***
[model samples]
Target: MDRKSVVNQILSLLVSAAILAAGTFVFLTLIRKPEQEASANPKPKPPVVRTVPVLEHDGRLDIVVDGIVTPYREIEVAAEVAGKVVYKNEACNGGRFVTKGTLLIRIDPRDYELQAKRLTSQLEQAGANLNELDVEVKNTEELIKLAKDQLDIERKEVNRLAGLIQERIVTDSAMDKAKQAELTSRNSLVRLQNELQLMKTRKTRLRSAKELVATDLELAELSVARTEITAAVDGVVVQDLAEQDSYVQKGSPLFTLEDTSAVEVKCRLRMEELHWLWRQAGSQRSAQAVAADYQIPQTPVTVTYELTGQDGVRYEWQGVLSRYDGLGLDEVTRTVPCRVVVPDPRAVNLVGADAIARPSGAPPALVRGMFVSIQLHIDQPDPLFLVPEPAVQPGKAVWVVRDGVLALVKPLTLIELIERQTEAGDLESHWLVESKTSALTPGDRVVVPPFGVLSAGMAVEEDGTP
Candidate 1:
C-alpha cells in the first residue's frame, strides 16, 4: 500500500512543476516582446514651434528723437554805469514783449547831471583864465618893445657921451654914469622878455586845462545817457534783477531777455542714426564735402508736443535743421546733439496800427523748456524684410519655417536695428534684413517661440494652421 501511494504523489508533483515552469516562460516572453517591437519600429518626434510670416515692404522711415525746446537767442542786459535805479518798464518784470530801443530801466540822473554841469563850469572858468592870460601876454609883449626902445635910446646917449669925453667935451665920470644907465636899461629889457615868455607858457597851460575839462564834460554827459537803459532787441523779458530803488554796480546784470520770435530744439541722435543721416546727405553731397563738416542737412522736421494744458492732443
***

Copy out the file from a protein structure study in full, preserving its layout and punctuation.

[model samples]
Target: MDRKSVVNQILSLLVSAAILAAGTFVFLTLIRKPEQEASANPKPKPPVVRTVPVLEHDGRLDIVVDGIVTPYREIEVAAEVAGKVVYKNEACNGGRFVTKGTLLIRIDPRDYELQAKRLTSQLEQAGANLNELDVEVKNTEELIKLAKDQLDIERKEVNRLAGLIQERIVTDSAMDKAKQAELTSRNSLVRLQNELQLMKTRKTRLRSAKELVATDLELAELSVARTEITAAVDGVVVQDLAEQDSYVQKGSPLFTLEDTSAVEVKCRLRMEELHWLWRQAGSQRSAQAVAADYQIPQTPVTVTYELTGQDGVRYEWQGVLSRYDGLGLDEVTRTVPCRVVVPDPRAVNLVGADAIARPSGAPPALVRGMFVSIQLHIDQPDPLFLVPEPAVQPGKAVWVVRDGVLALVKPLTLIELIERQTEAGDLESHWLVESKTSALTPGDRVVVPPFGVLSAGMAVEEDGTP
Candidate 1:
C-alpha cells in the first residue's frame, strides 16, 4: 500500500512543476516582446514651434528723437554805469514783449547831471583864465618893445657921451654914469622878455586845462545817457534783477531777455542714426564735402508736443535743421546733439496800427523748456524684410519655417536695428534684413517661440494652421 501511494504523489508533483515552469516562460516572453517591437519600429518626434510670416515692404522711415525746446537767442542786459535805479518798464518784470530801443530801466540822473554841469563850469572858468592870460601876454609883449626902445635910446646917449669925453667935451665920470644907465636899461629889457615868455607858457597851460575839462564834460554827459537803459532787441523779458530803488554796480546784470520770435530744439541722435543721416546727405553731397563738416542737412522736421494744458492732443